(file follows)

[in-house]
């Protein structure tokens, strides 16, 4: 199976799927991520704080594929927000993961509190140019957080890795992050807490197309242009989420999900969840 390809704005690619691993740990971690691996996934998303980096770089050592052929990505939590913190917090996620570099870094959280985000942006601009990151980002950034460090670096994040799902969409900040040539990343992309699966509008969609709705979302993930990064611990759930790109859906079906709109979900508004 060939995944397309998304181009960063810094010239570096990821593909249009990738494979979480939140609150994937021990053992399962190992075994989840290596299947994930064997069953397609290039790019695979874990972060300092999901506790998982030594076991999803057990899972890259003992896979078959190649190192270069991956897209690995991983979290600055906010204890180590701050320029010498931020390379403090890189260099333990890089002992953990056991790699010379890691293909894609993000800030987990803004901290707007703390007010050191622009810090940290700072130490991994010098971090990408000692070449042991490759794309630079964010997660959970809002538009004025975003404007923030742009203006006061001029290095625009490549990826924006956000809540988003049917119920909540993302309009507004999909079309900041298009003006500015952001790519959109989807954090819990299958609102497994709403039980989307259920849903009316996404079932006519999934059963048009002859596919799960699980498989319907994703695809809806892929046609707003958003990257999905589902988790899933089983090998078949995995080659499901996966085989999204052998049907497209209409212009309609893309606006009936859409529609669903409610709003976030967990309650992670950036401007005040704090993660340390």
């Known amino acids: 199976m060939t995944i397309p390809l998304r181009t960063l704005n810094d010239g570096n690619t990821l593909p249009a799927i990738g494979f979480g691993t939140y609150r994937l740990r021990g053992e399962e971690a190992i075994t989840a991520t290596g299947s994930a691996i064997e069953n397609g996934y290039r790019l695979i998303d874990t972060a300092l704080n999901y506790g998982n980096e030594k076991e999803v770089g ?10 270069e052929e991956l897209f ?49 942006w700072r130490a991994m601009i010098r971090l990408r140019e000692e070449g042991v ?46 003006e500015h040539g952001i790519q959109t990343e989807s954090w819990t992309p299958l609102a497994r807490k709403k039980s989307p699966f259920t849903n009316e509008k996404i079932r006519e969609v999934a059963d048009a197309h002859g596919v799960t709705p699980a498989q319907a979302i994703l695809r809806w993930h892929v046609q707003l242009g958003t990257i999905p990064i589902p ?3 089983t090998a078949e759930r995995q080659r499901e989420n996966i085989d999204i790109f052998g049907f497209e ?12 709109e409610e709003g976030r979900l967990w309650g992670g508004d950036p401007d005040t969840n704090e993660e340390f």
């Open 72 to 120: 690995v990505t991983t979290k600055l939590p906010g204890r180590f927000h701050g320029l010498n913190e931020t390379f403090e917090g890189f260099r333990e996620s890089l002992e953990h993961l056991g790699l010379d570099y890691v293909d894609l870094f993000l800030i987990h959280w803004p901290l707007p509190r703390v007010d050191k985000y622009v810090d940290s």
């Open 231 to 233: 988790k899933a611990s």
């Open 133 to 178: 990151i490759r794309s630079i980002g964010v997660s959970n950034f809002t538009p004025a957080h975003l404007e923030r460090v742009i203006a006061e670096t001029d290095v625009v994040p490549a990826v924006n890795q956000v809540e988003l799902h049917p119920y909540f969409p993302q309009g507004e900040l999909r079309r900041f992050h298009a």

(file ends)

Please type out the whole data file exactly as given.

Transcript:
[in-house]
């Protein structure tokens, strides 16, 4: 199976799927991520704080594929927000993961509190140019957080890795992050807490197309242009989420999900969840 390809704005690619691993740990971690691996996934998303980096770089050592052929990505939590913190917090996620570099870094959280985000942006601009990151980002950034460090670096994040799902969409900040040539990343992309699966509008969609709705979302993930990064611990759930790109859906079906709109979900508004 060939995944397309998304181009960063810094010239570096990821593909249009990738494979979480939140609150994937021990053992399962190992075994989840290596299947994930064997069953397609290039790019695979874990972060300092999901506790998982030594076991999803057990899972890259003992896979078959190649190192270069991956897209690995991983979290600055906010204890180590701050320029010498931020390379403090890189260099333990890089002992953990056991790699010379890691293909894609993000800030987990803004901290707007703390007010050191622009810090940290700072130490991994010098971090990408000692070449042991490759794309630079964010997660959970809002538009004025975003404007923030742009203006006061001029290095625009490549990826924006956000809540988003049917119920909540993302309009507004999909079309900041298009003006500015952001790519959109989807954090819990299958609102497994709403039980989307259920849903009316996404079932006519999934059963048009002859596919799960699980498989319907994703695809809806892929046609707003958003990257999905589902988790899933089983090998078949995995080659499901996966085989999204052998049907497209209409212009309609893309606006009936859409529609669903409610709003976030967990309650992670950036401007005040704090993660340390």
């Known amino acids: 199976m060939t995944i397309p390809l998304r181009t960063l704005n810094d010239g570096n690619t990821l593909p249009a799927i990738g494979f979480g691993t939140y609150r994937l740990r021990g053992e399962e971690a190992i075994t989840a991520t290596g299947s994930a691996i064997e069953n397609g996934y290039r790019l695979i998303d874990t972060a300092l704080n999901y506790g998982n980096e030594k076991e999803v770089g ?10 270069e052929e991956l897209f ?49 942006w700072r130490a991994m601009i010098r971090l990408r140019e000692e070449g042991v ?46 003006e500015h040539g952001i790519q959109t990343e989807s954090w819990t992309p299958l609102a497994r807490k709403k039980s989307p699966f259920t849903n009316e509008k996404i079932r006519e969609v999934a059963d048009a197309h002859g596919v799960t709705p699980a498989q319907a979302i994703l695809r809806w993930h892929v046609q707003l242009g958003t990257i999905p990064i589902p ?3 089983t090998a078949e759930r995995q080659r499901e989420n996966i085989d999204i790109f052998g049907f497209e ?12 709109e409610e709003g976030r979900l967990w309650g992670g508004d950036p401007d005040t969840n704090e993660e340390f």
């Open 72 to 120: 690995v990505t991983t979290k600055l939590p906010g204890r180590f927000h701050g320029l010498n913190e931020t390379f403090e917090g890189f260099r333990e996620s890089l002992e953990h993961l056991g790699l010379d570099y890691v293909d894609l870094f993000l800030i987990h959280w803004p901290l707007p509190r703390v007010d050191k985000y622009v810090d940290s």
């Open 231 to 233: 988790k899933a611990s």
């Open 133 to 178: 990151i490759r794309s630079i980002g964010v997660s959970n950034f809002t538009p004025a957080h975003l404007e923030r460090v742009i203006a006061e670096t001029d290095v625009v994040p490549a990826v924006n890795q956000v809540e988003l799902h049917p119920y909540f969409p993302q309009g507004e900040l999909r079309r900041f992050h298009a």